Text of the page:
MODES OF CONVERSION AND THE POLITICS OF JEWISHNESSWithin the contemporary discourse on Jewish conversion, the questions surrounding birthright and Jewish legal status are especially salient for crypto-Jewish descendants, since ancestral attachments have different meanings within the spectrum of religious orientations that comprise Jewish thought and practice. According to Jewish law, the most important signifier of Jewishness is being born of a Jewish mother.1 Thus, in Orthodox and Conservative traditions, conversion is required of all those who cannot trace matrilineal descent, even if the father is Jewish by birth.2 The legal definition of Jewishness stipulates that any child born of a Jewish mother is by law Jewish, regardless of what future religious paths the mother, father, or child may take.3
The emphasis on maternal religious inheritance can be explained from a social and political perspective that locates concerns about Jewish lineage within a biblical and historical framework. The religious rationale for matrilineal descent is derived from a passage in Deuteronomy that prohibits a Jewish father from arranging a marriage between his child and a gentile. The directive from God is contained within a series of commands that God gives to the Jews as they are about to enter the land of Israel after exile in Egypt. In these Torah passages, God directs the Jews to cast out all other nations and expressly prohibits intermarriage between Jews and non-Jews:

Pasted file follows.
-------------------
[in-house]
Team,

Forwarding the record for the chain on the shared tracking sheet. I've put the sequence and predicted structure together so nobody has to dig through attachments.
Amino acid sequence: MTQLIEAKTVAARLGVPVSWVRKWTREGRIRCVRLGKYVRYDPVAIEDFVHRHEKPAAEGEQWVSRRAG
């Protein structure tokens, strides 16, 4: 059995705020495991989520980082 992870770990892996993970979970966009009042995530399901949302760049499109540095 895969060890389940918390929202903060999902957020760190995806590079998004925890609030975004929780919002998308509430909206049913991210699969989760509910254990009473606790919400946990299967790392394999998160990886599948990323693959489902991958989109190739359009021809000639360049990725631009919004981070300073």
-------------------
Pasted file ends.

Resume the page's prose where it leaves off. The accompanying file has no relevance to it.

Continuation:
2. and when the Lord thy God shall deliver them [the Hittites, Girgashites, and Cannanites] up before thee, and thou shall smite them: then thou shalt utterly destroy them; thou shalt make no covenant with them, nor show mercy unto them; 3. neither shalt thou make marriages with them: thy daughter thou shalt not give unto his son, nor his daughter shalt thou take unto thy son. 4. For he will turn away thy son from following Me."4The prohibition on intermarriage reflects anxiety about Jewish constancy, since it is feared that the child born of a Jewish mother and a non-Jewish father will reject the Jewish faith and, more significantly, the God of Israel. Talmudic interpretation of this passage concluded that a child born of a union between a gentile father and Jewish mother is, by law, a Jew, because the child in the Deuteronomy passage is considered the child of the mother's father, the Jewish patriarch to whom this commandment is directed.5 Through this reasoning, it is the maternal grandfather through whom Jewish lineage is actually inherited. Modern Jewish commentary on the Talmud's view of the Deuteronomy passage thus explains matrilineal descent in the following manner: